# 2D Scatter Plot

2D Scatter plot is one of the simple and very useful plotting tool used in Exploratory Data Analysis. A 2D Scatter plot would take the data points in our dataset and would plot it on a chart. The position of a point depends on its two-dimensional value, where each value is a position on either the horizontal or vertical dimension. This plotting of points is called scatter plot because we are scattering all the points from our dataset on a map.

#### A 2D Scatter plot would primarily consist of three components:

- X-axis
- Y-axis
- The scale of the plot

However, we can also add different color if we would like to classify or even add sizes to our markers to see some complexity in our data.

It is very important to have all the three basic components in order to have a proper understanding of the plot. After looking at the X and Y axis, care should be taken to understand the scale too because it might be a case that the point of origin might be (0,0). If we are including different colors for classification we should add labels to understand which color represent which label.

Scatter plots are used to understand the relationships between variables. A relationship such as whether there is any increase or decrease in the value of one variable because of the other.

Take the example of the result of Maths for a particular class. If we have the number of hours each student has studied on an average or cumulative on the y-axis and the marks they have received of x-axis then it will help us see the trend and the shift in the scores from the minimum to maximum score. Definitely, correlation does not lead to causation but with good domain knowledge, it will help us lead on the right path.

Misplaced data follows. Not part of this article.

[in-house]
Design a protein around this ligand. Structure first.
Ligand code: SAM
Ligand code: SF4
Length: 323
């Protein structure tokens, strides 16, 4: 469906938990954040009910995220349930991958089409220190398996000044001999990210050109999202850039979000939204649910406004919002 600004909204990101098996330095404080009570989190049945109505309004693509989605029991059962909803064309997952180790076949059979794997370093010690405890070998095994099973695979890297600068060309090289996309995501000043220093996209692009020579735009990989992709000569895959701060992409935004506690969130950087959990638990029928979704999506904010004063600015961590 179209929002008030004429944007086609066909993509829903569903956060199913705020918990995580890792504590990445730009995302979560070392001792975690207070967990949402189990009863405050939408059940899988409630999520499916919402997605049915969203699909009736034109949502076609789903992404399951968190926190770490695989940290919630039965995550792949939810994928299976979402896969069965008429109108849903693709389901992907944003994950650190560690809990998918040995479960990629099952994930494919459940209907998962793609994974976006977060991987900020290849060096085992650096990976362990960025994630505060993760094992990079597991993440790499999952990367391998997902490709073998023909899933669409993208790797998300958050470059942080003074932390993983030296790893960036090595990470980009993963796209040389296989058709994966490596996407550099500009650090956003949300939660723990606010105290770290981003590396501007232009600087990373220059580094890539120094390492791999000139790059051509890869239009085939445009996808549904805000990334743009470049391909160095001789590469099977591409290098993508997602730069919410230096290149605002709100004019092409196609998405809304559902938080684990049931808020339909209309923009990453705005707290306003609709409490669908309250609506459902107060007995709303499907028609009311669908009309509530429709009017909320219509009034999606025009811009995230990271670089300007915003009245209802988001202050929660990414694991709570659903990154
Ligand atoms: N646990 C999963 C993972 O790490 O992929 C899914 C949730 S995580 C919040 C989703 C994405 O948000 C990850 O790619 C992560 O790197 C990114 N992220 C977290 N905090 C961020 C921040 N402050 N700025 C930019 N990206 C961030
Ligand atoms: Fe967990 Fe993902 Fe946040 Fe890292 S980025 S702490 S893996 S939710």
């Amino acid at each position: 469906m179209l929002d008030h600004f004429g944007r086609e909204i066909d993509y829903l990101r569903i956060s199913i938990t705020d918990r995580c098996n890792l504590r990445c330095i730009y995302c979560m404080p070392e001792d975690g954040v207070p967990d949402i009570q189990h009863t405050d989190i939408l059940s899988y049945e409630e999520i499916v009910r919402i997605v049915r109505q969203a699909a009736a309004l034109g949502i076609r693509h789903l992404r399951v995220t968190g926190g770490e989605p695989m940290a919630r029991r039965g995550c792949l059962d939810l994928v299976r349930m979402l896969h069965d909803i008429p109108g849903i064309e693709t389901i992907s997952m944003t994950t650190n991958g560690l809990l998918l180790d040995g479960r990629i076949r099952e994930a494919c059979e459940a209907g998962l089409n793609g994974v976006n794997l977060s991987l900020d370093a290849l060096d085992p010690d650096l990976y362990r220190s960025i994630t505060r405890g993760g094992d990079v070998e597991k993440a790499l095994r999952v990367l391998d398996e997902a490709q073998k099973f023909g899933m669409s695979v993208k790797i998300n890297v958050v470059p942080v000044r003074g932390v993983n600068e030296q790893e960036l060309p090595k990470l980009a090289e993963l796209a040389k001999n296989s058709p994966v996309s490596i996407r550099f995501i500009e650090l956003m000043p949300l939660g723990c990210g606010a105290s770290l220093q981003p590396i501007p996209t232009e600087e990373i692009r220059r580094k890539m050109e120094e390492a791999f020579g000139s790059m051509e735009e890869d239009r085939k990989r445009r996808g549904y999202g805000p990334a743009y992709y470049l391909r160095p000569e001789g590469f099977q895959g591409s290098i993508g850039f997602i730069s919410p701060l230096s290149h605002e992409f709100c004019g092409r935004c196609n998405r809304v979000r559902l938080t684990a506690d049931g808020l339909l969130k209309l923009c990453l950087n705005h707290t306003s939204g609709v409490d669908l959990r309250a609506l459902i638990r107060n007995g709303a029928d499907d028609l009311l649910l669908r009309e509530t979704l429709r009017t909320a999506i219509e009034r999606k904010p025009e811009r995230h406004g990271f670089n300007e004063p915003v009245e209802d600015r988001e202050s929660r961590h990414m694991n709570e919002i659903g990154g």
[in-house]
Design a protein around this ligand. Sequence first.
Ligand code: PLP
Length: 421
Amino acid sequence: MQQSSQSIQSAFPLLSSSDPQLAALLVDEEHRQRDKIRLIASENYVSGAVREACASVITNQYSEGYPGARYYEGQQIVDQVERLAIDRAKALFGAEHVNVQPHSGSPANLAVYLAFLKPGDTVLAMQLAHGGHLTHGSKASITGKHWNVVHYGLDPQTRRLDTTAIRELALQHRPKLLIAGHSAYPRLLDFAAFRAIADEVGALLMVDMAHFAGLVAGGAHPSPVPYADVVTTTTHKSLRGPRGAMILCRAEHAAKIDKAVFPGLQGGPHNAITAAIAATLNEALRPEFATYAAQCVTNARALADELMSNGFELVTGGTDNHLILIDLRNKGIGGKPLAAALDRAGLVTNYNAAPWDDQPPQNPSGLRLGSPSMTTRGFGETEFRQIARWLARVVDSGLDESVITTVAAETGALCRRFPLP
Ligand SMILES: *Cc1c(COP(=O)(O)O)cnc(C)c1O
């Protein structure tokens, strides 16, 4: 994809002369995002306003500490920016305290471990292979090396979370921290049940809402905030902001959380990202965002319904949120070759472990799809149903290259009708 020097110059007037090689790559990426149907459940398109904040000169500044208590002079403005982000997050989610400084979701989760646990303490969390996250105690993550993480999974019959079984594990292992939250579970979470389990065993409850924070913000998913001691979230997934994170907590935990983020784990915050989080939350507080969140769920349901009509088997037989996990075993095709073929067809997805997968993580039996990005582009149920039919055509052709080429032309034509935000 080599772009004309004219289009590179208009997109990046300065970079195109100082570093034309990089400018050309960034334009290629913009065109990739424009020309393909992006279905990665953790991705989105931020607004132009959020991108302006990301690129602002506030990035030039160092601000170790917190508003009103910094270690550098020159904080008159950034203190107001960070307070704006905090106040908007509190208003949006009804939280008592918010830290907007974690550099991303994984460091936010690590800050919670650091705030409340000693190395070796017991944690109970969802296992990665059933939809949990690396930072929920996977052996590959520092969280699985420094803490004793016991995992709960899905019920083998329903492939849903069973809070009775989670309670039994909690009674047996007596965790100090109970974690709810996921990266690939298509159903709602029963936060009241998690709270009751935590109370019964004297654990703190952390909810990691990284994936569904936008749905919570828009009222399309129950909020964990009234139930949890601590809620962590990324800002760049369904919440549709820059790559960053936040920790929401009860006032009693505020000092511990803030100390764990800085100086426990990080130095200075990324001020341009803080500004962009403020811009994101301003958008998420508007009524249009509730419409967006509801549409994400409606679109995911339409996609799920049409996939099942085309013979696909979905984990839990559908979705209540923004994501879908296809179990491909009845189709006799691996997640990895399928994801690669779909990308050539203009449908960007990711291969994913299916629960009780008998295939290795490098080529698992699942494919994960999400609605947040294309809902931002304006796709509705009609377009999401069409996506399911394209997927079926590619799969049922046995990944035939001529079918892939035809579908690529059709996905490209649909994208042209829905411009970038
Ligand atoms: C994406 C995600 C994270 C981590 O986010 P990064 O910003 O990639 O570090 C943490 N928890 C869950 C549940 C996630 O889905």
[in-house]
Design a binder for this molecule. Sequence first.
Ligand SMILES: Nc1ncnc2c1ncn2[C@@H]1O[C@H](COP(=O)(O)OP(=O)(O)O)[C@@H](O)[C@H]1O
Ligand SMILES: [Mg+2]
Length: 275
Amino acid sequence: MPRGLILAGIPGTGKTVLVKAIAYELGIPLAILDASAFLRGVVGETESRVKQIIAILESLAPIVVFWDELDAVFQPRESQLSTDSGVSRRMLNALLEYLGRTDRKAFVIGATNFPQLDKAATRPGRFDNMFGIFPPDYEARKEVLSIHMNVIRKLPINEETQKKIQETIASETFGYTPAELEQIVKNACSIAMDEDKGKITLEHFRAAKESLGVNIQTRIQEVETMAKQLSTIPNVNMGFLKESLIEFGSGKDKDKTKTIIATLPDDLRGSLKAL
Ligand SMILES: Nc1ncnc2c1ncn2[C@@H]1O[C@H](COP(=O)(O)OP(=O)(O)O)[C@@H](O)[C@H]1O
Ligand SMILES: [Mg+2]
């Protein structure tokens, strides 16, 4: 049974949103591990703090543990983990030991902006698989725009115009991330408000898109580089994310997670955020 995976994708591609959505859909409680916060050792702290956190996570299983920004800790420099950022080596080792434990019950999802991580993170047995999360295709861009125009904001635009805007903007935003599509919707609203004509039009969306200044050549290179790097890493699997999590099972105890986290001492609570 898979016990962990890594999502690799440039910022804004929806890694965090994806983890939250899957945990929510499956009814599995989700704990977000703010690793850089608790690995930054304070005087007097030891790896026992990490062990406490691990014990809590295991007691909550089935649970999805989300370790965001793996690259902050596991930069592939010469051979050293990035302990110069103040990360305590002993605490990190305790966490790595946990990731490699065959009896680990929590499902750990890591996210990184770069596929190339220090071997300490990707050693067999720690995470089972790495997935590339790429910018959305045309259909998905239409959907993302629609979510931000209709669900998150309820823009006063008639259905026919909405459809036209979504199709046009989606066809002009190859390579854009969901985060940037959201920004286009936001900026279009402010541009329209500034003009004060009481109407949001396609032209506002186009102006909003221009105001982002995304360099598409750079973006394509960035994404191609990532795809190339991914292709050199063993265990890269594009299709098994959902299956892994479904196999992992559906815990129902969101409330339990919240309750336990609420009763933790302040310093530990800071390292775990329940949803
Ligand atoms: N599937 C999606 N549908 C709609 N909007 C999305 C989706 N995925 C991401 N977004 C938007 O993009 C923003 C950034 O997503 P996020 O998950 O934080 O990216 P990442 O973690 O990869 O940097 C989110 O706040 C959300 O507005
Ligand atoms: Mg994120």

`results.plot(kind='scatter', x='No. of hours studied', y='Marks received');````
````plt.xlabel('No. of hours studied daily')````
````plt.title('Maths Score and hours spent in studying daily')````
````plt.show()````
```

A simple 2D Scatter plot will help us understand the endpoints and the concentration of the points on a map for the two axis under consideration. However, if we have the color label and would like to understand how it fares vis-à-vis these two points we can do a special color coding for them to understand whether there is a particular pattern which these class labels or dependent variables follow. In such a case, we should have labels to understand what color represents which label.

A very widely used example for this is the iris dataset where we can not only see the cluster of ‘Setosa’ species is separately clustered when we color code all the three species of flower.

iris.plot(kind='scatter', x='sepal_length', y='sepal_width'); plt.show()

sns.set_style("whitegrid"); sns.FacetGrid(iris, hue = "species", size = 4) \ .map(plt.scatter, "sepal_length", "sepal_width") \ .add_legend(); plt.show();

We can also move ahead and add one more dimension to our dataset which is the size. Apart from plotting our data points in the scatter plot and/or color coding them we can add size to our points. For example, let’s assume we are studying the noble prizes won by developed countries. We can have the country index in the x-axis and the number of noble prizes won in the y-axis. Here, we can also add the population dimension to the points and visualize the population of various countries and how many noble prizes they have won. Here, if we take out the overperforming country the United States then we can have a better picture of the whole set of countries. The United States not only has a huge population but it has received almost three times more prizes than the United Kingdom which comes in the second spot.

size = new[3] size = 0.00001*size.astype(int) ax = plt.figure(figsize=(15,8.5)) plt.scatter(new[1], new[2], alpha=0.2, s=size, c = new[3], cmap='viridis') plt.xlabel('COUNTRY INDEX') plt.ylabel('NO. OF NOBLE PRIZES WON'); for i, txt in enumerate(new[0]): plt.annotate(txt, (new[1][i],new[2][i])) plt.colorbar() plt.show();

Just for fun, I have also added one more dimension to the Iris Dataset to see how the ‘petal width’ size helps us differentiate species.

iris = np.array(iris) new = np.copy(iris) new[iris=='setosa'] = 1 new[iris=='versicolor'] = 2 new[iris=='virginica'] = 3 new = new.T size = 100*new[3] size = size.astype(int) plt.figure(figsize=(10,6)) plt.scatter(new[0], new[1], alpha=0.8, s=size, c = new[4], cmap='viridis') plt.xlabel('sepal_length') plt.ylabel('sepal_width'); plt.colorbar() plt.show();

Scatter plots is a great visualization tool and an integral part of EDA. If you have any queries or feedback you can get in touch with me on austinjwdsouza@gmail.com. The ipython notebook for the above example you can be found on my github profile.

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